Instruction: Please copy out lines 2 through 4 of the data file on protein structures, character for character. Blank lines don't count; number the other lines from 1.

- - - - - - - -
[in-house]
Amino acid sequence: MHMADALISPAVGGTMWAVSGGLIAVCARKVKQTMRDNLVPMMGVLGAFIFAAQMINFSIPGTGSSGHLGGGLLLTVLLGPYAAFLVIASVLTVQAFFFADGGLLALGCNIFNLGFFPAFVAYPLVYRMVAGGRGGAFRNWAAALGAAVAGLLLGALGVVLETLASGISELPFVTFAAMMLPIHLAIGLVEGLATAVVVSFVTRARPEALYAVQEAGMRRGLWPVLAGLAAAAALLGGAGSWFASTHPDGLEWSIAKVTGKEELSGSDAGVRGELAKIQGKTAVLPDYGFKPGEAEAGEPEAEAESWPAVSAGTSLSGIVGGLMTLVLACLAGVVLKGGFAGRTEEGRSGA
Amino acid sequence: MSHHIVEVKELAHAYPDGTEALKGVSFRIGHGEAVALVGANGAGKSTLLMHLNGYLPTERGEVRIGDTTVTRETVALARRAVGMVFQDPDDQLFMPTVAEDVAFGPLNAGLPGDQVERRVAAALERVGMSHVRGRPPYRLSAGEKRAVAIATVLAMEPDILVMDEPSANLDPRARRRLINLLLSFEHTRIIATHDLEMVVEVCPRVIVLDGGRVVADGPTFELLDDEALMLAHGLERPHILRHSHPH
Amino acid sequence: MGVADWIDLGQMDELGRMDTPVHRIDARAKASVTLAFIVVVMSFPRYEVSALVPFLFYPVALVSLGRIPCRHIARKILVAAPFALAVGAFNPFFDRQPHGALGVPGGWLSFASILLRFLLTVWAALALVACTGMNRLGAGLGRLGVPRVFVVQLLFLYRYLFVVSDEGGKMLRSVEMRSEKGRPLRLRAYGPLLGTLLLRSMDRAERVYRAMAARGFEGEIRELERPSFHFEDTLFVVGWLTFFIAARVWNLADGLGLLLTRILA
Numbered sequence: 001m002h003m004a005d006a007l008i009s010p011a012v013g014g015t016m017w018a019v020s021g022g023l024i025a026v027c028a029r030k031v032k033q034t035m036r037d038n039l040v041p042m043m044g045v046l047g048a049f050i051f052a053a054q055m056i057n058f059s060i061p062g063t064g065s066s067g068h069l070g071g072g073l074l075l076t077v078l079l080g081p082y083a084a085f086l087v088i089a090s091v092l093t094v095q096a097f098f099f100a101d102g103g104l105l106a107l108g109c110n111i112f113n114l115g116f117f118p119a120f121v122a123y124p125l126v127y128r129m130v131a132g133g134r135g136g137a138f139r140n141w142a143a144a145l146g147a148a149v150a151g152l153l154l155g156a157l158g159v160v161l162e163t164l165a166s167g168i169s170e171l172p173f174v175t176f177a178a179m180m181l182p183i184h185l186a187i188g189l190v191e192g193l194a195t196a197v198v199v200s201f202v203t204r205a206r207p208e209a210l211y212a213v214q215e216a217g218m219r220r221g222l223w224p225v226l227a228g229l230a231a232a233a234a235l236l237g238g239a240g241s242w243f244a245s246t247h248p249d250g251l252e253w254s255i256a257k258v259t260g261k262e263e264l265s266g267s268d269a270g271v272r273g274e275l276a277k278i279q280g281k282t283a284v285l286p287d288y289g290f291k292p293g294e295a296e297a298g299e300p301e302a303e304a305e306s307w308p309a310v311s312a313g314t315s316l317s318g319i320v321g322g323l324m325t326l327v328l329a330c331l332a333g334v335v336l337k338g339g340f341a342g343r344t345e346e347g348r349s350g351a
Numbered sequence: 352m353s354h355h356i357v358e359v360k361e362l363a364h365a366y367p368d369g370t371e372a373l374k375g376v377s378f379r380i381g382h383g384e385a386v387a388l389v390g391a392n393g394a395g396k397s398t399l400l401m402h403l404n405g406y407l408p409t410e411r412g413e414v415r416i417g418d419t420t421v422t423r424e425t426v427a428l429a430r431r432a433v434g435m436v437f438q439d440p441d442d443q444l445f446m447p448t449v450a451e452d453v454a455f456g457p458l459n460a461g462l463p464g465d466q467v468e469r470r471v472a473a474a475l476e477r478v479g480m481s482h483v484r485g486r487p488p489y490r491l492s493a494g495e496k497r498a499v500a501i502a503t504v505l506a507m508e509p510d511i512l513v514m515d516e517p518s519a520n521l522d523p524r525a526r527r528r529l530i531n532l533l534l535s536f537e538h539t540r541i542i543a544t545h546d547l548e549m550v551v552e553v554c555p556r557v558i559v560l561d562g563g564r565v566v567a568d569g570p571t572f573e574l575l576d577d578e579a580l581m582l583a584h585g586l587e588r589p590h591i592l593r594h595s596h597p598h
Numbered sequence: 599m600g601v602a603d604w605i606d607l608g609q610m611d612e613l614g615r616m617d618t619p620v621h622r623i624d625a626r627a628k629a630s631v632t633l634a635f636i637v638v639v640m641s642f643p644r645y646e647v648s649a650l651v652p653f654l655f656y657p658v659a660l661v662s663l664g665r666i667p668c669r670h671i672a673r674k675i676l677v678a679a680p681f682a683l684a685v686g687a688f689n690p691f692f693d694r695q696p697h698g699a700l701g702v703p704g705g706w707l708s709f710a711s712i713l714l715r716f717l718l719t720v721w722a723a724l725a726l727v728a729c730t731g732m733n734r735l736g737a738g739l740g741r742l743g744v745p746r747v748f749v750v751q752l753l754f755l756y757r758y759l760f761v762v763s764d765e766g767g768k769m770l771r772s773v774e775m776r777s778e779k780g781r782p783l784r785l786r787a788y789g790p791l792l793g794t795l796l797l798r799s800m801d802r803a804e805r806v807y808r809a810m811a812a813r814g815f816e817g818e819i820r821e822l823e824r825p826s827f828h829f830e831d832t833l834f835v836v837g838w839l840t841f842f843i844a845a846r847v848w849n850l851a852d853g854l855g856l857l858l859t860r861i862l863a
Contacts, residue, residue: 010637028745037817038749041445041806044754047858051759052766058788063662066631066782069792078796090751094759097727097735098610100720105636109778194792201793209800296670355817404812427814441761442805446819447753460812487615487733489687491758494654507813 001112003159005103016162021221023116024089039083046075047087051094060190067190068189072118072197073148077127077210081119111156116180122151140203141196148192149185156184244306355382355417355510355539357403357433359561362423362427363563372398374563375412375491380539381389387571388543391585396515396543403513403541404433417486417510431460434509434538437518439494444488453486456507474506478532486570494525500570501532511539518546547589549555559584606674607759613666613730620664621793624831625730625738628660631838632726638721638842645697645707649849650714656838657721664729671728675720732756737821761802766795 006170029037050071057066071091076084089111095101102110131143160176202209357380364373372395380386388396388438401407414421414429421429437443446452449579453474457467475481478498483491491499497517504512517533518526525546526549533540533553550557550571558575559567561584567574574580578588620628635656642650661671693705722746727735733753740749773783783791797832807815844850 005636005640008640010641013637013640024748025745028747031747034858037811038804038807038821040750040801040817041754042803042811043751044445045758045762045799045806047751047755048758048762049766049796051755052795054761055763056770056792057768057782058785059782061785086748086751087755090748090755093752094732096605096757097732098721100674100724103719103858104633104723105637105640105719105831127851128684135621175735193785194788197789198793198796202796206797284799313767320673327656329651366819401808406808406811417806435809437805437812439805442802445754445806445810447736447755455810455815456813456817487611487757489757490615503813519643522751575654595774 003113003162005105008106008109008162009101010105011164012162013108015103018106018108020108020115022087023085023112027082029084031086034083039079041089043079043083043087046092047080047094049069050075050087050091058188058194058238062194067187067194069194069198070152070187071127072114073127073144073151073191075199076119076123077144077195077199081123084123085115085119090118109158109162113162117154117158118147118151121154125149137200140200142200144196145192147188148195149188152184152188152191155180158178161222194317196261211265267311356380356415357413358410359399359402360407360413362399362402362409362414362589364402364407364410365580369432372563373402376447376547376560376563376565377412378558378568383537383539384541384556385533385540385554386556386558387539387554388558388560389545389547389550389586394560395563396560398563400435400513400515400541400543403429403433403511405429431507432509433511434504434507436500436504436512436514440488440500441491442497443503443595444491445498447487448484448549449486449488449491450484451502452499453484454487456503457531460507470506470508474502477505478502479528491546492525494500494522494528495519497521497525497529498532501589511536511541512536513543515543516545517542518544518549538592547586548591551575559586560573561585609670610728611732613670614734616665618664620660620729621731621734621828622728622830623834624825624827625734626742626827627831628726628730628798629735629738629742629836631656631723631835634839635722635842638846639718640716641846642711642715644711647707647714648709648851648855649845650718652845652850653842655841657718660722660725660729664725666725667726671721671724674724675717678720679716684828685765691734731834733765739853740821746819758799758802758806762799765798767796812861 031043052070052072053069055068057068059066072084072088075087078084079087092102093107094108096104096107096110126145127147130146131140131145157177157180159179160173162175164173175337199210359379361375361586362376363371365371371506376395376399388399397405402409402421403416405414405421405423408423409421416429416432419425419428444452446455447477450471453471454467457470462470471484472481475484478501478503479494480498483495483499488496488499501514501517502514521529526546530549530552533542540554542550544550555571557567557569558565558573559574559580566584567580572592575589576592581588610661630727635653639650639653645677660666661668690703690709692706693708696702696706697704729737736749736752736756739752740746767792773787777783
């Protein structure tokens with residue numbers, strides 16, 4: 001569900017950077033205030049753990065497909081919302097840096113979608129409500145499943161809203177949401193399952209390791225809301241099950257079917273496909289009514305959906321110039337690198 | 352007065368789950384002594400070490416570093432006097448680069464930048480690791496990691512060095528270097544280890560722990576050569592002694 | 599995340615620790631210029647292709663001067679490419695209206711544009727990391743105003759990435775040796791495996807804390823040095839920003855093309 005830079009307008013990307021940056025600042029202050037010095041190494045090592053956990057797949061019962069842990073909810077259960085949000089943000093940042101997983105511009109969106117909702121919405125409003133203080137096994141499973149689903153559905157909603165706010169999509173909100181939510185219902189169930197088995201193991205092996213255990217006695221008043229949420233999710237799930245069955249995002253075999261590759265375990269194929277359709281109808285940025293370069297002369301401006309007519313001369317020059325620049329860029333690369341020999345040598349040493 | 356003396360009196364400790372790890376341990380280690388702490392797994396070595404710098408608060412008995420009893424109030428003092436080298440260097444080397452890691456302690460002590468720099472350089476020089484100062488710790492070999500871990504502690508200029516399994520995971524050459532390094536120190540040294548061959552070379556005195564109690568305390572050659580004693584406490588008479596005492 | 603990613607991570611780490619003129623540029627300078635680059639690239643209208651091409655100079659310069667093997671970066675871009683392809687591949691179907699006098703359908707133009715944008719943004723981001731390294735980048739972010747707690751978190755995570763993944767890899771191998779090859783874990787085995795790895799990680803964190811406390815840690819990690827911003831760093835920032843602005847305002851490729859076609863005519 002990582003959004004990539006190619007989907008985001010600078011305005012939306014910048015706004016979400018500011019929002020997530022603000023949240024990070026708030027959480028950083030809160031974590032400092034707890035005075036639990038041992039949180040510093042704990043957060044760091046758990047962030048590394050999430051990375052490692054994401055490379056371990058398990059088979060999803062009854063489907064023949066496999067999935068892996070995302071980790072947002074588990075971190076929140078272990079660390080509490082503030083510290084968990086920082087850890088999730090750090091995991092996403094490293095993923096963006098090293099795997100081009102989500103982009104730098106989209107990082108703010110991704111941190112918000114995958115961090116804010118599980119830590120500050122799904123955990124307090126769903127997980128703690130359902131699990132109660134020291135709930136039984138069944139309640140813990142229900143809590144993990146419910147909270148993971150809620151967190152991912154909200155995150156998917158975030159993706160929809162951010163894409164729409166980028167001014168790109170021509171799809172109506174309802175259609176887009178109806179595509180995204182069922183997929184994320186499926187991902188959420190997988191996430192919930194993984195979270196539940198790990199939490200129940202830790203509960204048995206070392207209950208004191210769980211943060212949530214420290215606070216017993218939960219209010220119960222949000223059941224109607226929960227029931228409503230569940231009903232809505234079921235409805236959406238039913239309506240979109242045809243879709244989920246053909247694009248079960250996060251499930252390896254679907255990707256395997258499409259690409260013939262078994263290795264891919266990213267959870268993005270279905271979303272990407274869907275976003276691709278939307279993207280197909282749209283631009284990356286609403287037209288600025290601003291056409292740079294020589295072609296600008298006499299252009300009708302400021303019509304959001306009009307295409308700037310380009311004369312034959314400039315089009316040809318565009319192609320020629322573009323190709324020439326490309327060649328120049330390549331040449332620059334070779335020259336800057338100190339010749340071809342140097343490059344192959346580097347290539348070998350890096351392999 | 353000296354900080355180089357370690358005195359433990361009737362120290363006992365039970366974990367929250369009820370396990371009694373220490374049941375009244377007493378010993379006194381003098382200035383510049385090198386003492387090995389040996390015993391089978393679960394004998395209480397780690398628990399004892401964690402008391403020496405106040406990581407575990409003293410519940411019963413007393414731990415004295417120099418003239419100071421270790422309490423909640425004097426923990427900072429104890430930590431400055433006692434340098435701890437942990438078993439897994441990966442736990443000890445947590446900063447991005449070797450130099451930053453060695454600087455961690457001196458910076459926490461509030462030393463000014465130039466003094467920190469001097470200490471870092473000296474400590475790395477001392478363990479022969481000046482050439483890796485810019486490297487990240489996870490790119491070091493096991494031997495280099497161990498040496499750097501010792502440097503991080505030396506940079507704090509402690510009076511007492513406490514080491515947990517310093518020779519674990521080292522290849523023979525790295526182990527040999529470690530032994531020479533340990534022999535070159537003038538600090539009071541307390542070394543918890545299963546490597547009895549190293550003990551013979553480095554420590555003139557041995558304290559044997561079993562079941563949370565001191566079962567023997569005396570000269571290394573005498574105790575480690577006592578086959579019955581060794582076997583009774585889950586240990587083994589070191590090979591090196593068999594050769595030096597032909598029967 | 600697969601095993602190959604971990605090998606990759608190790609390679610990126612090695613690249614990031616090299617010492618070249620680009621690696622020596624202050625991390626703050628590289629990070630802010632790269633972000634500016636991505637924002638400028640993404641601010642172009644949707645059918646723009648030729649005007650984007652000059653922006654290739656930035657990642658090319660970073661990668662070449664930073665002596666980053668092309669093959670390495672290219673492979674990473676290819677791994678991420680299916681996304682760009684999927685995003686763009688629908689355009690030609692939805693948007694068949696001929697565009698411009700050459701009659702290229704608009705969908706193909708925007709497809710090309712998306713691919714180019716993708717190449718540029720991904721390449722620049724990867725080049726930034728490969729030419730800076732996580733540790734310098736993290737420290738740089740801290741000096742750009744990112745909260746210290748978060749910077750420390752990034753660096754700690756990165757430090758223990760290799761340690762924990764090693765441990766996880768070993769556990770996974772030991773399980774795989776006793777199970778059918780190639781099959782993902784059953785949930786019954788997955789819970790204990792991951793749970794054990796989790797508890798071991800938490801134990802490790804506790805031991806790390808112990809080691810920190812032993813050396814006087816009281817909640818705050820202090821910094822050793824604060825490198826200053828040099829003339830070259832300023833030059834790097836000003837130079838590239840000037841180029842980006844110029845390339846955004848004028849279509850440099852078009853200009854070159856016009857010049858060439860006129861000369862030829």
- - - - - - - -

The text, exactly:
Amino acid sequence: MHMADALISPAVGGTMWAVSGGLIAVCARKVKQTMRDNLVPMMGVLGAFIFAAQMINFSIPGTGSSGHLGGGLLLTVLLGPYAAFLVIASVLTVQAFFFADGGLLALGCNIFNLGFFPAFVAYPLVYRMVAGGRGGAFRNWAAALGAAVAGLLLGALGVVLETLASGISELPFVTFAAMMLPIHLAIGLVEGLATAVVVSFVTRARPEALYAVQEAGMRRGLWPVLAGLAAAAALLGGAGSWFASTHPDGLEWSIAKVTGKEELSGSDAGVRGELAKIQGKTAVLPDYGFKPGEAEAGEPEAEAESWPAVSAGTSLSGIVGGLMTLVLACLAGVVLKGGFAGRTEEGRSGA
Amino acid sequence: MSHHIVEVKELAHAYPDGTEALKGVSFRIGHGEAVALVGANGAGKSTLLMHLNGYLPTERGEVRIGDTTVTRETVALARRAVGMVFQDPDDQLFMPTVAEDVAFGPLNAGLPGDQVERRVAAALERVGMSHVRGRPPYRLSAGEKRAVAIATVLAMEPDILVMDEPSANLDPRARRRLINLLLSFEHTRIIATHDLEMVVEVCPRVIVLDGGRVVADGPTFELLDDEALMLAHGLERPHILRHSHPH
Amino acid sequence: MGVADWIDLGQMDELGRMDTPVHRIDARAKASVTLAFIVVVMSFPRYEVSALVPFLFYPVALVSLGRIPCRHIARKILVAAPFALAVGAFNPFFDRQPHGALGVPGGWLSFASILLRFLLTVWAALALVACTGMNRLGAGLGRLGVPRVFVVQLLFLYRYLFVVSDEGGKMLRSVEMRSEKGRPLRLRAYGPLLGTLLLRSMDRAERVYRAMAARGFEGEIRELERPSFHFEDTLFVVGWLTFFIAARVWNLADGLGLLLTRILA